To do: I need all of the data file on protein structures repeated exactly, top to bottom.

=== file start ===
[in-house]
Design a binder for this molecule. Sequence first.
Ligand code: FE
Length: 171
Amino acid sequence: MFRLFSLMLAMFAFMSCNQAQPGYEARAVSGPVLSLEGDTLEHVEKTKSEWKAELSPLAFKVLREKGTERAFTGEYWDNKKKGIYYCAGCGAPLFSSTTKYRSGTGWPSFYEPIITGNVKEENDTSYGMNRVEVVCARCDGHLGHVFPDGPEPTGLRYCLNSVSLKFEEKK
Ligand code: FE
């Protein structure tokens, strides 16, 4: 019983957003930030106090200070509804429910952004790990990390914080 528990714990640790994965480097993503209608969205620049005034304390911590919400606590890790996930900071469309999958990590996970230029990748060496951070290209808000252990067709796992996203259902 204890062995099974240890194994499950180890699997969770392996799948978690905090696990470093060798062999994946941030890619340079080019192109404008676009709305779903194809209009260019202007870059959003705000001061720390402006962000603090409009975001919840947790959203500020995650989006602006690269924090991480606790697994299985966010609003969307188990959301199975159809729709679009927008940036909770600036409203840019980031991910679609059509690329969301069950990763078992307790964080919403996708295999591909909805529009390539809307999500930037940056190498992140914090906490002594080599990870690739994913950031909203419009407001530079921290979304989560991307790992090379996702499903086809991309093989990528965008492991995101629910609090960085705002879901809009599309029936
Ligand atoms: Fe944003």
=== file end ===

[in-house]
Design a binder for this molecule. Sequence first.
Ligand code: FE
Length: 171
Amino acid sequence: MFRLFSLMLAMFAFMSCNQAQPGYEARAVSGPVLSLEGDTLEHVEKTKSEWKAELSPLAFKVLREKGTERAFTGEYWDNKKKGIYYCAGCGAPLFSSTTKYRSGTGWPSFYEPIITGNVKEENDTSYGMNRVEVVCARCDGHLGHVFPDGPEPTGLRYCLNSVSLKFEEKK
Ligand code: FE
């Protein structure tokens, strides 16, 4: 019983957003930030106090200070509804429910952004790990990390914080 528990714990640790994965480097993503209608969205620049005034304390911590919400606590890790996930900071469309999958990590996970230029990748060496951070290209808000252990067709796992996203259902 204890062995099974240890194994499950180890699997969770392996799948978690905090696990470093060798062999994946941030890619340079080019192109404008676009709305779903194809209009260019202007870059959003705000001061720390402006962000603090409009975001919840947790959203500020995650989006602006690269924090991480606790697994299985966010609003969307188990959301199975159809729709679009927008940036909770600036409203840019980031991910679609059509690329969301069950990763078992307790964080919403996708295999591909909805529009390539809307999500930037940056190498992140914090906490002594080599990870690739994913950031909203419009407001530079921290979304989560991307790992090379996702499903086809991309093989990528965008492991995101629910609090960085705002879901809009599309029936
Ligand atoms: Fe944003």